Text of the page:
Honorable Joe Moody, Chair, House Committee on Criminal Jurisprudence
Ursula Parks, Director, Legislative Budget Board
HB81 by Moody (Relating to the civil and criminal penalties for possession of certain small amounts of marihuana and an exception to prosecution for possession of associated drug paraphernalia; creating a criminal offense.), Committee Report 1st House, Substituted
|Fiscal Year||Probable Net Positive/(Negative) Impact to General Revenue Related Funds|
|Fiscal Year||Probable Revenue Gain/(Loss) from
General Revenue Fund
|Probable Revenue (Loss) from
Various General Revenue Dedicated Accounts
|Probable Revenue (Loss) from
Based upon historical records, the Office of Court Administration estimates that in fiscal year 2016 there were 33,773 convictions or orders of deferred adjudication in possession cases involving one ounce or less of marihuana, a Class B misdemeanor. Assuming a similar caseload in future years, the resulting loss in state revenue from the average court costs for a Class B misdemeanor are anticipated to be $115 per case, or $3,883,895 ($115 x 33,773), adjusted by a 40 percent collection rate for Class B misdemeanors (0.40 x $3,883,895), for a total of $1,553,558 each fiscal year in forgone court-cost revenues. Court costs are deposited to numerous state accounts, including General Revenue (4 percent of $115, or $62,142 of $1,553,558); various General Revenue-Dedicated Accounts (78 percent of $115, or $1,211,775 of $1,553,558); and the Judicial Fund No. 573 (18 percent of $115, or $279,640 of $1,553,558).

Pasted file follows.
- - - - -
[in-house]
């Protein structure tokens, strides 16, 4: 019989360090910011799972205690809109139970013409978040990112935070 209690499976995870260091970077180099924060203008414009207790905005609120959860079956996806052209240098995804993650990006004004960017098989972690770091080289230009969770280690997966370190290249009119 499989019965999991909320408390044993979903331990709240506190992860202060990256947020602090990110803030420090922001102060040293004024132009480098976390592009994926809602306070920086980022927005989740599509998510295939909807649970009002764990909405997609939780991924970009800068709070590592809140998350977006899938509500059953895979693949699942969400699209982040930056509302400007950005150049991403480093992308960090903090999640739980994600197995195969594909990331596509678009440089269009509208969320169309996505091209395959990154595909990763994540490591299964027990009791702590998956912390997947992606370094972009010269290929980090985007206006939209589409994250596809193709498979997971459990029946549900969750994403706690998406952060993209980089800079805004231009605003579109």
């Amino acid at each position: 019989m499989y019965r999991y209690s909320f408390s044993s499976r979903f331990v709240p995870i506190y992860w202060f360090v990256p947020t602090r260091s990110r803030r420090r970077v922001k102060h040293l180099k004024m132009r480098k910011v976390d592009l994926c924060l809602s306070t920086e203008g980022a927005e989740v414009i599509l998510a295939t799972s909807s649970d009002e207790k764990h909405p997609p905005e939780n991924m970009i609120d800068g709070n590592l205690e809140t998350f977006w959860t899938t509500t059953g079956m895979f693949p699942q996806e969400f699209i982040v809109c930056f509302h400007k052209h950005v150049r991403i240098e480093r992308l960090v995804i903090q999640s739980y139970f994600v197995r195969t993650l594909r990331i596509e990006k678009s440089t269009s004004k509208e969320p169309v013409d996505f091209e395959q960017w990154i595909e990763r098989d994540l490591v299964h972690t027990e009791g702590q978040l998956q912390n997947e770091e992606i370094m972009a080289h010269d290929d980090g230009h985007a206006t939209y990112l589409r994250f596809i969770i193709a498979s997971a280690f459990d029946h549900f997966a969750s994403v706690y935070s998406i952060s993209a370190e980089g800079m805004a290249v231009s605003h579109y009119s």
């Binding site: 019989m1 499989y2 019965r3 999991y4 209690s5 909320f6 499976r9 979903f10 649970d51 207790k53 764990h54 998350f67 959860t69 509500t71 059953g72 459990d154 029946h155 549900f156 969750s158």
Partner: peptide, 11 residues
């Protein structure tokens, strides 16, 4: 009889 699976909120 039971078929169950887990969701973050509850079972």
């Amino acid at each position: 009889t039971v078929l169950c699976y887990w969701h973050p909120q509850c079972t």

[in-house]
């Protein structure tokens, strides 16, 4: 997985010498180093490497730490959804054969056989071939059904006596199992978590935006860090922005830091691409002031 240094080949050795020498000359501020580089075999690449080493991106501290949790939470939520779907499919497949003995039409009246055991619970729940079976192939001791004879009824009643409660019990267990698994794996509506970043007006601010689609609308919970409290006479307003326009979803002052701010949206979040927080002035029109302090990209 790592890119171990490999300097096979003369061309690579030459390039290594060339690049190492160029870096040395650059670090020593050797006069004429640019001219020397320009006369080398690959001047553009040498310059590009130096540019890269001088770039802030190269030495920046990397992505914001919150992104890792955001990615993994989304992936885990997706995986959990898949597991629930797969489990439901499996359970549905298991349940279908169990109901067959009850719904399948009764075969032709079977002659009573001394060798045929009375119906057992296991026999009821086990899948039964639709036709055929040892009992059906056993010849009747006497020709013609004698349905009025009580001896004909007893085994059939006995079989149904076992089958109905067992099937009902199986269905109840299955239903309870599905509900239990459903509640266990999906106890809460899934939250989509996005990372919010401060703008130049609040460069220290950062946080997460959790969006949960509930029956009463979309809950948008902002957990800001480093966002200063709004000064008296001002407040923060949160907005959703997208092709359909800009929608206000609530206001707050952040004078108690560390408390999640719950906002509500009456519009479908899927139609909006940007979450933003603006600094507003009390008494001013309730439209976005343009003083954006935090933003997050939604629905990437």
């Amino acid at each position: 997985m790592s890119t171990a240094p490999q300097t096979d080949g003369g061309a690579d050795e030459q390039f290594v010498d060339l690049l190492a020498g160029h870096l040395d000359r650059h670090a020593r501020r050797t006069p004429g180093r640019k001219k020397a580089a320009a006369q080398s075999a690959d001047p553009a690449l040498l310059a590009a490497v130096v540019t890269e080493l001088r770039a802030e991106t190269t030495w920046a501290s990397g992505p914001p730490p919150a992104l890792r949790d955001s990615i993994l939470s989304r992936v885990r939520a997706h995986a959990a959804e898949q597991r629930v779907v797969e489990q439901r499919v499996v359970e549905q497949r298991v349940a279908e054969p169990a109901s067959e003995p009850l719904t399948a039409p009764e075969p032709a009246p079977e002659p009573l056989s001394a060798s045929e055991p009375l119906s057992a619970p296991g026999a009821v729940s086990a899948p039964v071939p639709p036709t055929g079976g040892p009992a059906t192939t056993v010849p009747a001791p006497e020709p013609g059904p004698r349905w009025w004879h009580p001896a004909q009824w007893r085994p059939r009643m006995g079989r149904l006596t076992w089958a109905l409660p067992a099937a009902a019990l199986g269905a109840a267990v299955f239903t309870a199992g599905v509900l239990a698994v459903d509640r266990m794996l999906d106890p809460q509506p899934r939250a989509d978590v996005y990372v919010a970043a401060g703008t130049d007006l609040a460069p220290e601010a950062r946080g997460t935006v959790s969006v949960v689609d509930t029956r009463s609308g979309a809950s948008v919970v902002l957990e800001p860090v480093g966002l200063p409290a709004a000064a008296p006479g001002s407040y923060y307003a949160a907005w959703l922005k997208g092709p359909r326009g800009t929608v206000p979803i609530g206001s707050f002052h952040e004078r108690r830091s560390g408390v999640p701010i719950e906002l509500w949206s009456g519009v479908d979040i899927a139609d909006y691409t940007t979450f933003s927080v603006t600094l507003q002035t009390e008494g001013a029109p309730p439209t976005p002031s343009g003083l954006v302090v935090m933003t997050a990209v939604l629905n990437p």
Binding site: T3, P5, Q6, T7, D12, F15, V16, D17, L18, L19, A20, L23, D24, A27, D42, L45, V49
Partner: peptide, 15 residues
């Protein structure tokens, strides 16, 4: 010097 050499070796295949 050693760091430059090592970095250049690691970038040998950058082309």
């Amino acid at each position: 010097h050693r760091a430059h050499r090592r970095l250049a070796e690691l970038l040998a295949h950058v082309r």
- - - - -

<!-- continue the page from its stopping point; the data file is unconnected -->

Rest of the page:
The table above summarizes the fiscal impact for various General Revenue-Dedicated accounts that would see a revenue loss which include, but are not limited to: the Fair Defense Account, the Criminal Justice Planning Fund, and the Emergency Radio Infrastructure Fund.
This court cost revenue loss would be offset by a maximum $250 civil penalty assessed in those cases were a person was not instead 1) found to be indigent or 2) directed to attend a substance abuse program or performance community service. Assuming 50 percent of the 33,773 expected cases are assessed the maximum civil penalty of $250 would result in an annual revenue gain of $4,221,625. However, for purposes of this analysis, it is assumed judges statewide might assess instead on average a $81.25 civil penalty, which in 33,773 cases equates to $2,744,056. Assuming that 20 percent of persons subject to the penalty instead would be found indigent or given deferred adjudication reduces expected revenue to $2,195,245 (0.80 * $2,744,056).
Assuming 100 percent of civil filing fees are deposited to General Revenue, the bill would result in a net revenue gain to the General Revenue account of $2,133,103 each fiscal year ($2,195,245 - $62,142), offset by revenue losses to other state accounts.
According to the Office of Court Administration, the number of convictions for a defendant's 4th or subsequent conviction cannot be determined; however, the agency does not anticipate this number to be significant. Based on the analysis of the Department of Public Safety, Department of State Health Services, and Juvenile Justice Department, duties and responsibilities associated with implementing the remaining provisions of the bill could be accomplished by utilizing existing resources.
212 Office of Court Administration, Texas Judicial Council, 304 Comptroller of Public Accounts, 644 Juvenile Justice Department, 405 Department of Public Safety, 537 State Health Services, Department of
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